Published in the Summer 2006 issue • Woman on the Job
Flashing a press pass to get backstage may seem like a dream job, but it’s not all free swag and celebrity interviews. Journalists face looming deadlines, newsroom pressure and hours hunched over the computer. Yet Ashante Infantry, a 37-year-old entertainment reporter for the Toronto Star, wouldn’t have it any other way.
The job: I started at the Star as a general assignment entertainment reporter. Now I mostly specialize as a jazz and urban music writer, but I still cover other forms of entertainment when I’m needed.
Education: I went to McMaster University in Hamilton, Ontario, for a bachelor of arts degree in English. I also went to Sheridan College in Toronto for my journalism diploma. Not all journalists find it necessary to attend journalism school but I wanted to go. I knew it would give me a good foundation.
Hours: I generally work 11 a.m. to 6 p.m. But since entertainment often happens at night, I’m also out on the town about two nights a week.
Salary: The starting rate for general assignment reporters at big city newspapers is around $50,000. Now, after 11 years at the Star, I make $70,000 to $75,000.
Career break: After journalism school, I gave myself one year to try to make it. That meant I moved back home with my parents and was very poor. I worked for community newspapers and for the McMaster alumni magazine. In my first month, I made $300. In the summer of 1995, a Toronto Star reporter told me about the Star’s summer program. The Star gave me a six-month contract, with a position similar to an internship. I was signed to three consecutive 6-month contracts before being hired full-time. They hired me as a general assignment reporter in the news department and from there I moved to the entertainment section two years ago.
Inspiration: I had an English degree and I wasn’t sure what I wanted to do, but I knew I needed to make some money. I knew that I really liked communication and travel. I took an aptitude test that said I would be suited to journalism. I tried it and the first time I saw my name in print, it just felt right. I found that through journalism I could relate to others and have my say.
Pros: Autonomy. The way I attack the story is entirely up to me. I work for a big company but am allowed control over my work ? a big plus. I also love to write, especially about entertainment because I’m allowed to take more risks. Hard news requires just the facts, but with entertainment writing I can use my voice to entertain as well as inform. I also get to travel and meet new people, which exposes me to new points of view and allows me to learn new things. Every day is such an education!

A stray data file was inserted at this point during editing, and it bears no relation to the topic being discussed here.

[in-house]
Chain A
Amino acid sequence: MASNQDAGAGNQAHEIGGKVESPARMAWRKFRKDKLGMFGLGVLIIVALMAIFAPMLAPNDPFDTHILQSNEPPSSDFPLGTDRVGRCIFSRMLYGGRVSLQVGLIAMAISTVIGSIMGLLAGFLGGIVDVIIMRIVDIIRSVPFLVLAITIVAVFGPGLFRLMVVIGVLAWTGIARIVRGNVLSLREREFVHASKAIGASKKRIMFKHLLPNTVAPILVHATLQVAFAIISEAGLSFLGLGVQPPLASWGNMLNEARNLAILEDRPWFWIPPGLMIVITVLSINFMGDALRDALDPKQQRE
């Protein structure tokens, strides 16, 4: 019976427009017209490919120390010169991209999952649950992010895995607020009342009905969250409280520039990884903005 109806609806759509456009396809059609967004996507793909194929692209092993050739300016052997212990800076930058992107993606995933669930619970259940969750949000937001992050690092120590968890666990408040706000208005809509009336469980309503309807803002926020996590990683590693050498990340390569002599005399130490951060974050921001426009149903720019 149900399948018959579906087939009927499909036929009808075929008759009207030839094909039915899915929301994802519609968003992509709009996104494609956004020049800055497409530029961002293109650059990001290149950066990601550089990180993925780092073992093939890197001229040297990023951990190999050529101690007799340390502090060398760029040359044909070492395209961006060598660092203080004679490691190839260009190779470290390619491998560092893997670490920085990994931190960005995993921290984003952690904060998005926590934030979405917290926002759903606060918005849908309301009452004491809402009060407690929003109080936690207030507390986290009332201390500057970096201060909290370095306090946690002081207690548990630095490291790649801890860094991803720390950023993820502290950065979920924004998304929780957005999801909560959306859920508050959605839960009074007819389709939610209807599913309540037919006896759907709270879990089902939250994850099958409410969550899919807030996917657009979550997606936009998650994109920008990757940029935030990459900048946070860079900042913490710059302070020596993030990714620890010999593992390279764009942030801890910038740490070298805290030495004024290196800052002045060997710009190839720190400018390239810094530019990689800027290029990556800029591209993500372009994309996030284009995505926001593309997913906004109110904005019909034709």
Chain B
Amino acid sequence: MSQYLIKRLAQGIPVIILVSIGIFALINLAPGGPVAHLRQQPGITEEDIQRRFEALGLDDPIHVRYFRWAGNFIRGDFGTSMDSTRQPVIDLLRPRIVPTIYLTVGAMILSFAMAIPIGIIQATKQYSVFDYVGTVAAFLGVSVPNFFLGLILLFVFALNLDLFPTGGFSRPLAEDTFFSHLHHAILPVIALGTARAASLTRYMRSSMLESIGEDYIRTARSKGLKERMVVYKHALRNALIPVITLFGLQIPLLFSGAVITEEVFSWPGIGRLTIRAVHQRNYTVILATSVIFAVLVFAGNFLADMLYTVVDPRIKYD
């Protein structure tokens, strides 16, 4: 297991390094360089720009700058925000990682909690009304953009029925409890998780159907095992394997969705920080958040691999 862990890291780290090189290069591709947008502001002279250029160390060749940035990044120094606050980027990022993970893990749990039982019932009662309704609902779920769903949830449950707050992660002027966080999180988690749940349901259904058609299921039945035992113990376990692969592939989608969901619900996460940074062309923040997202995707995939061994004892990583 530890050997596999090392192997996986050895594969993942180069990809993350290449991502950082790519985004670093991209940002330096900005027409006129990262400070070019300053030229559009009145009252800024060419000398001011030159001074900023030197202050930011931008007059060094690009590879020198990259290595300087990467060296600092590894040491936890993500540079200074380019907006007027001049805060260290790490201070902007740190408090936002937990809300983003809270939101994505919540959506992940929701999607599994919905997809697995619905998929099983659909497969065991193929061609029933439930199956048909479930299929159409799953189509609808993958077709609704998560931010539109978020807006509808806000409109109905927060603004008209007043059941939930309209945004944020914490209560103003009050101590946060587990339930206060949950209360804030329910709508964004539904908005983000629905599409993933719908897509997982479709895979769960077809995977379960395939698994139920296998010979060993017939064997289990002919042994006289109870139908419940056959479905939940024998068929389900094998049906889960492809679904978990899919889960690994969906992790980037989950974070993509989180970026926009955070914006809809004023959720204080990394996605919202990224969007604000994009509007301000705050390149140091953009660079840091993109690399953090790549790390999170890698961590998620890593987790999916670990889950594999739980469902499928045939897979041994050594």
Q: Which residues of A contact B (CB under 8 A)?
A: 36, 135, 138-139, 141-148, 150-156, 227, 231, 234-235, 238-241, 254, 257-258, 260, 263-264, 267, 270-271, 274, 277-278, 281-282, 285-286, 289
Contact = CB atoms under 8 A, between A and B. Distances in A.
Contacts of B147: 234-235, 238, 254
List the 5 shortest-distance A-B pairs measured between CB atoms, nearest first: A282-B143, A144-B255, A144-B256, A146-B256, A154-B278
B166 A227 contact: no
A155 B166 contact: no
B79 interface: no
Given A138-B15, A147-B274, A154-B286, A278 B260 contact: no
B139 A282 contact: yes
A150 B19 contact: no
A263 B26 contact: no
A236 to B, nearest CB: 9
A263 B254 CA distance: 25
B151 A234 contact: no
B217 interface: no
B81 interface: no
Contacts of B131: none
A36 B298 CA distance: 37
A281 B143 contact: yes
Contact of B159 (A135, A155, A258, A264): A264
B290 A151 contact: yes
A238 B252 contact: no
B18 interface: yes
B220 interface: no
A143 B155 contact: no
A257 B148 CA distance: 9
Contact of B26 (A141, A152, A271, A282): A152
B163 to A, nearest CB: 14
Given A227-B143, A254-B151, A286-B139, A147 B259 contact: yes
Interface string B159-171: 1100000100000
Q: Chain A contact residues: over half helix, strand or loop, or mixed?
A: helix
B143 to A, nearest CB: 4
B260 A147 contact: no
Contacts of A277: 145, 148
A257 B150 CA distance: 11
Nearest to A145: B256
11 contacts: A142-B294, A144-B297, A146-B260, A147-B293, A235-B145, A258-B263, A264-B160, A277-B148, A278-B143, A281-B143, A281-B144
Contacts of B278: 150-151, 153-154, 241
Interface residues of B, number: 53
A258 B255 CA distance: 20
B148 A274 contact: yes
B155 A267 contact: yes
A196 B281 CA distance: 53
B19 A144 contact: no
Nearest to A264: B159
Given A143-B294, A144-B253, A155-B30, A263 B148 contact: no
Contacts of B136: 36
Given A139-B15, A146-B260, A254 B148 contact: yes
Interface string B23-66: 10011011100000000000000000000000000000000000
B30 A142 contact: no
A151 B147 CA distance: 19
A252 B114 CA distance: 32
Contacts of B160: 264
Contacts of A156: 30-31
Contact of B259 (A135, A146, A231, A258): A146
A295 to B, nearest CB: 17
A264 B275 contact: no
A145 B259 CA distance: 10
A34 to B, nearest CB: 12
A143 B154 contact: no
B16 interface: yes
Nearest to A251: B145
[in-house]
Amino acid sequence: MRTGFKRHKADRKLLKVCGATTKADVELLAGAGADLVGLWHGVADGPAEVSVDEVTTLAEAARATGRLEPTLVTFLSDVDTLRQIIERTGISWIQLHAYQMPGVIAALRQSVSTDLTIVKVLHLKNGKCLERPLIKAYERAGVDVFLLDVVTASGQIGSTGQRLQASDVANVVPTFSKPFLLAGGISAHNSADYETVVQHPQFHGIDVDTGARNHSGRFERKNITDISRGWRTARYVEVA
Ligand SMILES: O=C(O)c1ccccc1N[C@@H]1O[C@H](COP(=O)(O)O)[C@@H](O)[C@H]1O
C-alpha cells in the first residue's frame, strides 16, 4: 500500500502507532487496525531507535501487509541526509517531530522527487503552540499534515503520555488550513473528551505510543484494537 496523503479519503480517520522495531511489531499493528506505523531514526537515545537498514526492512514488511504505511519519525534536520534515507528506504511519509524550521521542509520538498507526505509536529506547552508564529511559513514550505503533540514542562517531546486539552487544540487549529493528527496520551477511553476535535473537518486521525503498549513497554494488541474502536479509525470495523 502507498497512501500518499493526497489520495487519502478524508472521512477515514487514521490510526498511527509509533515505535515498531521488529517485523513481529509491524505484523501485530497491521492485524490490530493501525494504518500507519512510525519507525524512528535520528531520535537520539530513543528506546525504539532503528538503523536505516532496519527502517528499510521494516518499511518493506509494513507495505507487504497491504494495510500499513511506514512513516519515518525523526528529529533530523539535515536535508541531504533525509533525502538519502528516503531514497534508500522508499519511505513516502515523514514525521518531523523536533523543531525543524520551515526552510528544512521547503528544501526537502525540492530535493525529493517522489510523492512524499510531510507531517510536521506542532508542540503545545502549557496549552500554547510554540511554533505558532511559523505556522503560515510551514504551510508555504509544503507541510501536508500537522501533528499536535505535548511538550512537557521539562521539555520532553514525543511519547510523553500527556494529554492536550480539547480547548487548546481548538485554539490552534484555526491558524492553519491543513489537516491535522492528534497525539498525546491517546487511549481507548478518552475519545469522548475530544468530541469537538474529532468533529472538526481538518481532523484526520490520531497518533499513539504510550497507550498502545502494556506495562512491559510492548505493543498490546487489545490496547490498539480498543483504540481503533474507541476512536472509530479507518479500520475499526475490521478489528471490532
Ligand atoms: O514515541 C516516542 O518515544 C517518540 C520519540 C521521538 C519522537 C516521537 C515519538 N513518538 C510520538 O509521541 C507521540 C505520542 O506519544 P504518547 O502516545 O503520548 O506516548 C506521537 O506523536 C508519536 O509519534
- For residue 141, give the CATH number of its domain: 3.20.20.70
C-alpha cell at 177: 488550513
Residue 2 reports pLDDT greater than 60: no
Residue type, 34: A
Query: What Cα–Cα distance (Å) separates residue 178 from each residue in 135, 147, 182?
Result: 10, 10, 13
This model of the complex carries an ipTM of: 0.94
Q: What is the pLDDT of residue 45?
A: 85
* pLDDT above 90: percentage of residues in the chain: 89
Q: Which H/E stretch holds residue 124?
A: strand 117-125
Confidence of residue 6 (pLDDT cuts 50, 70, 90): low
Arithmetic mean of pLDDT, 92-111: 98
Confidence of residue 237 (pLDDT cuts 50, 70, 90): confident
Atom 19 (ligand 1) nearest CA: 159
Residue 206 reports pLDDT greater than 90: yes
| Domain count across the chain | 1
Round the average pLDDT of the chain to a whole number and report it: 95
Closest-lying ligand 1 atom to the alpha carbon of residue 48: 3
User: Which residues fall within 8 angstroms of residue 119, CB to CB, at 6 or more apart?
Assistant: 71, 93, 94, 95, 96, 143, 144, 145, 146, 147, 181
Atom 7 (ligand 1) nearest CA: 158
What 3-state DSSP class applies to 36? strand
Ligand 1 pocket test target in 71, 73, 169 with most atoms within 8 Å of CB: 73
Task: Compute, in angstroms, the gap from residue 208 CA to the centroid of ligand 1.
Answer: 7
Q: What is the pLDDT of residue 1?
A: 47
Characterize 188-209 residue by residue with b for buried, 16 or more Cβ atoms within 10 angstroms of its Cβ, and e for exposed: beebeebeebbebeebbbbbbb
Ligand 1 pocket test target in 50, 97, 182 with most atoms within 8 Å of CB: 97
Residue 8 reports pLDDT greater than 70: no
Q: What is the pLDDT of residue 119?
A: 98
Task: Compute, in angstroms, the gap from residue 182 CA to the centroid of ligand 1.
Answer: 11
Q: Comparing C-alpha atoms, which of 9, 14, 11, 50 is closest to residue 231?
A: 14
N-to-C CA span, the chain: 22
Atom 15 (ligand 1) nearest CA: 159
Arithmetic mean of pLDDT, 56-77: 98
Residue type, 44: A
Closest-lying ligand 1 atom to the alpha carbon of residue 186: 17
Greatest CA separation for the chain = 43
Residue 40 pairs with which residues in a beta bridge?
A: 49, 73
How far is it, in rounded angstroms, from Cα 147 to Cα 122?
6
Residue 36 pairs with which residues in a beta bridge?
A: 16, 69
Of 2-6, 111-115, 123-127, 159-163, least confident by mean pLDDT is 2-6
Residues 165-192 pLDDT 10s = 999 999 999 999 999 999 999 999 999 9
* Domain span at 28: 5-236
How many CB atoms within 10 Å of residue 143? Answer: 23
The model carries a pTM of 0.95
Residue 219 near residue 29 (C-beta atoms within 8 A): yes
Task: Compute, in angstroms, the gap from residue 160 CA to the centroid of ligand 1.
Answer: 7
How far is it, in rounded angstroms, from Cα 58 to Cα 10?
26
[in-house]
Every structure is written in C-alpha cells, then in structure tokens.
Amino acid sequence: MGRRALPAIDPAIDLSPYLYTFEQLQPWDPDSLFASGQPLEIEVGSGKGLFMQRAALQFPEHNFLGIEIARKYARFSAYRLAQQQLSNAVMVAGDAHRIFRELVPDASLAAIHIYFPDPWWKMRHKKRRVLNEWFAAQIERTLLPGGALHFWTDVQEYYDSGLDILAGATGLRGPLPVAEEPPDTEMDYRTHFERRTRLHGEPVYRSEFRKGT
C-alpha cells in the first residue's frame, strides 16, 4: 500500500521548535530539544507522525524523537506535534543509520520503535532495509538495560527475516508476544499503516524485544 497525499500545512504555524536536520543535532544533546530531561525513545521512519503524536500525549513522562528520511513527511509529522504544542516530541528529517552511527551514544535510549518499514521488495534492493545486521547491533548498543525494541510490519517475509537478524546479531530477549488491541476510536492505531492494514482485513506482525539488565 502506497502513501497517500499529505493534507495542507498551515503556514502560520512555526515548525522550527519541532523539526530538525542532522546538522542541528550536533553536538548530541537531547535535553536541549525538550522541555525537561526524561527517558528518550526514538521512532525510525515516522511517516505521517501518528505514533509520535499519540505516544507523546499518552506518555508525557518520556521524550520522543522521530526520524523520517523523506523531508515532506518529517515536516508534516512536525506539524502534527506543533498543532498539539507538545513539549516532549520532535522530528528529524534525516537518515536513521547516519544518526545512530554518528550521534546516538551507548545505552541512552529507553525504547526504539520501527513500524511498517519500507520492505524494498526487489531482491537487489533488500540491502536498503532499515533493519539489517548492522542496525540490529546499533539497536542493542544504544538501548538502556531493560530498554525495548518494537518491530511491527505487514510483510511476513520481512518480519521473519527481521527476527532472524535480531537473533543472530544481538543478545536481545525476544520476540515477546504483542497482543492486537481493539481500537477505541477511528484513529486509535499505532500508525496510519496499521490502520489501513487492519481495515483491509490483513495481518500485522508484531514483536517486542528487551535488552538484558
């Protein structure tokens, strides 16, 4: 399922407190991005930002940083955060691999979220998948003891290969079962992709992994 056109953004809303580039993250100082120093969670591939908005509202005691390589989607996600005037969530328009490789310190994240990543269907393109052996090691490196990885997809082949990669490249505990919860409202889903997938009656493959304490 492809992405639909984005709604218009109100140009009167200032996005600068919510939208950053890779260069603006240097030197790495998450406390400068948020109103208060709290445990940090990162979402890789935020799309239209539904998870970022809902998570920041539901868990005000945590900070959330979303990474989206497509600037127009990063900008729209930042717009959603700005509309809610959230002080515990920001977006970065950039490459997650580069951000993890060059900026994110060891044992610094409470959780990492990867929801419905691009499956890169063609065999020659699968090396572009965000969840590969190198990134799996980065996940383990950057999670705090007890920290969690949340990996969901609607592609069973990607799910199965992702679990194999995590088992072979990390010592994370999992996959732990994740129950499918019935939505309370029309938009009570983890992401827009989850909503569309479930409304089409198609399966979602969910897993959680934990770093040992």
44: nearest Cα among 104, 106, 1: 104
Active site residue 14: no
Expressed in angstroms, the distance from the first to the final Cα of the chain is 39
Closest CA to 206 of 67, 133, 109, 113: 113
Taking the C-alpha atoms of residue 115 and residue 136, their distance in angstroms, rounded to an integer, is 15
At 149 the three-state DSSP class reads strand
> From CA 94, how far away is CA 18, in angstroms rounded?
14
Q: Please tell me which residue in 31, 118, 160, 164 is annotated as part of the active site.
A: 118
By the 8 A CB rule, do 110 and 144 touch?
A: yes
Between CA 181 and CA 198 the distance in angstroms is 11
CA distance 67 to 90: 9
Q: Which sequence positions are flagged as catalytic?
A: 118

Cons: Writing on deadline. Sometimes I get a few days to write a story, which is great. But sometimes, when I’m reviewing a concert, I have only an hour from the end of the concert to the time when I have to file my article. That can really test your abilities and sometimes I find myself second-guessing my choices. But I just think, “No, I can do this,” and it feels great when I do.
Work environment: In my newsroom, there are few walls; we’re all spread out in front of each other. I like that because I can’t work in silence. It’s frequently buzzing and I can discuss ideas with the creative people that surround me when I get a brain cramp.
A day on the job: In the morning, I sort through a barrage of e-mails and phone calls. I listen to new CDs, write most of the day and sometimes go review concerts or events at night.
Work/life balance: Because entertainment is my work and what I do with my free time, I make a conscious effort to separate them. Things that I have to review that aren’t my style never make it into my house. It can sometimes be a challenge to write about something critically and stay a fan.
On being a woman in the field: I don’t find there to be any gender discrimination but I have noticed that there are few black women in print. I am one of the only black women writers employed by a big Toronto newspaper and I think that’s pretty appalling. I used to be an instructor at Ryerson for journalism diversity and will likely teach again. Three years ago I created my own mentorship program, to help young people discover what they love and get them on their path ASAP. Every six weeks, my lawyer friend Heather Greenwood Davis and I run a book group for (mostly) black high school girls, called Novel Ideas, sponsored by the Star. We discuss books, future career paths, anything really. We also ask other black women from various professions to come in and talk about what they do. We try to expose the girls to things they would otherwise not have access to. I think exposure to information and choice is very important for young people.
Who do you admire? I’m disappointed by the people we consider role models. There often seems to be a disconnect between what they say and what they do. I don’t think it’s a bad thing to not have heroes; it keeps us striving.